There’s a nice piece in The Hollywood Reporter, that’s getting lots of ink right now, in which Marvel Studios head Kevin Feige goes pretty in-depth (along with Paul Rudd) regarding a number of details about their upcoming slate, Ant-Man, why they aren’t coming to SDCC this year, etc.
But one of the quotes that caught my eye was Feige’s fairly pointed response to Warner Bros’ Greg Silverman recently stating that the difference between DC and Marvel films is that WB’s slate will be filmmaker focused and that they make “films about superheroes rather than superhero films”. Of which, Feige had this to say:
Warner Bros.’ Greg Silverman told THR that the difference between the DC/Warners movies and Marvel movies is that Warners allows directors to fulfill their visions. How do you respond?
FEIGE My response is: Look at the movies. Iron Man and Iron Man 2 are as Jon Favreau films as you can see. Kenneth Branagh has his stamp all over Thor. Captain America: First Avenger is very much a Joe Johnston film. The greatest example of that, look at Guardians of the Galaxy with James Gunn. And the one I always point out is Avengers. We knew the general structure when we sat down with Joss [Whedon]. But I don’t want you to think we gave him a story. We gave him a “Here’s where we think the movie should start, here’s where we think this character should come into it; it would be fun if something like this happened in the middle and in the end a hole opens up and aliens pour out into Manhattan.” So arguably, there were many pieces in place, and yet now that everyone has seen the movie, it’s completely a Joss Whedon film. He was able to take all the elements that were handed to him – that were studio-imposed, if you want to look at it that way – and make it his own. We wouldn’t have hired any of the filmmakers we’ve hired if we just wanted somebody who would do what we say.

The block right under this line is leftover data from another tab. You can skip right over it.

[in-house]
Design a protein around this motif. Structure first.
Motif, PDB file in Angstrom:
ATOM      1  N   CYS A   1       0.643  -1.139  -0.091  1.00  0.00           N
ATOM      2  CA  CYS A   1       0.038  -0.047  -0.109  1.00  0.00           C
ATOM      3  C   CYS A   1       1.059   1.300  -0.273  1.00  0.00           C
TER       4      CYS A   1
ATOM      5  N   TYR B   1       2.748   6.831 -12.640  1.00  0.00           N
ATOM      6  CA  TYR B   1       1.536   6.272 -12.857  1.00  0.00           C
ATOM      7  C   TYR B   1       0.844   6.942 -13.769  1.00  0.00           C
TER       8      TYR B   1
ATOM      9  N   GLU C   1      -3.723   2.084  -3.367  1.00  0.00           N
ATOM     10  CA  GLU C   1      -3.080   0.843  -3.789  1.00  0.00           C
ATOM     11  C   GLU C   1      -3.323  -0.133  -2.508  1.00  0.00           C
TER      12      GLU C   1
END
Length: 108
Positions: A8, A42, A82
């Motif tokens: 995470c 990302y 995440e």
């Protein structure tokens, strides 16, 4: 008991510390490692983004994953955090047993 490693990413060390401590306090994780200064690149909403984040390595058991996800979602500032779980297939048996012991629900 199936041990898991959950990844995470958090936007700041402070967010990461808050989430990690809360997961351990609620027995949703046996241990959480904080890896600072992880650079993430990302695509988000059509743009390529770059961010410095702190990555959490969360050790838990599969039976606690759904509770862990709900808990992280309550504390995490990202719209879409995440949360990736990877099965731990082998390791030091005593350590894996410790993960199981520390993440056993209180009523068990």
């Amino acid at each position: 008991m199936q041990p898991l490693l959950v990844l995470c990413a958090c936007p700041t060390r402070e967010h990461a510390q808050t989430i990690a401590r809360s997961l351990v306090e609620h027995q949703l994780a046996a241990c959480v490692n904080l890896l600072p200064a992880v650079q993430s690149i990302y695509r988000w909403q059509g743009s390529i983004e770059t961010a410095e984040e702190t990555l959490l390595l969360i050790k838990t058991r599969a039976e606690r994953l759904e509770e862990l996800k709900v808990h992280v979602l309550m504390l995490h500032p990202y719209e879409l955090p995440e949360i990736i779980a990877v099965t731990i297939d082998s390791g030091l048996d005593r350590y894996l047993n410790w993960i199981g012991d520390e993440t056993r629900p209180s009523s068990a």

To be honest, I’m not sure I agree with Feige here, and it’s worth noting that he mostly only highlights “Phase 1” films, whereas the offerings of “Phase 2” have seemed far more of a piece with one another structurally. My biggest beef with Marvel films, beyond the fact that their stakes are constantly huge yet the danger never feels immediate, is that each film carries a very similar A to B to C plot structure. The fact that literally every movie in Phase 2 (except Iron Man 3, which people don’t like talking about for some silly reason) has something falling from the sky in its third act (or rising as the case may be in Age of Ultron) tells you that there’s definitely a formula, set by the first Avengers film, that these movies are being poured into.
Yes, there are some superficial differences, Guardians of the Galaxy has some of James Gunn‘s wit, and Captain America: The Winter Soldier covers itself in a fairly entertaining conspiracy tale, but criticism is definitely warranted in this case.
The fact that Phase 2 firmly kicked into place right around the time of the Disney buy-out of Marvel, well, I’ll leave you to make your own conclusions.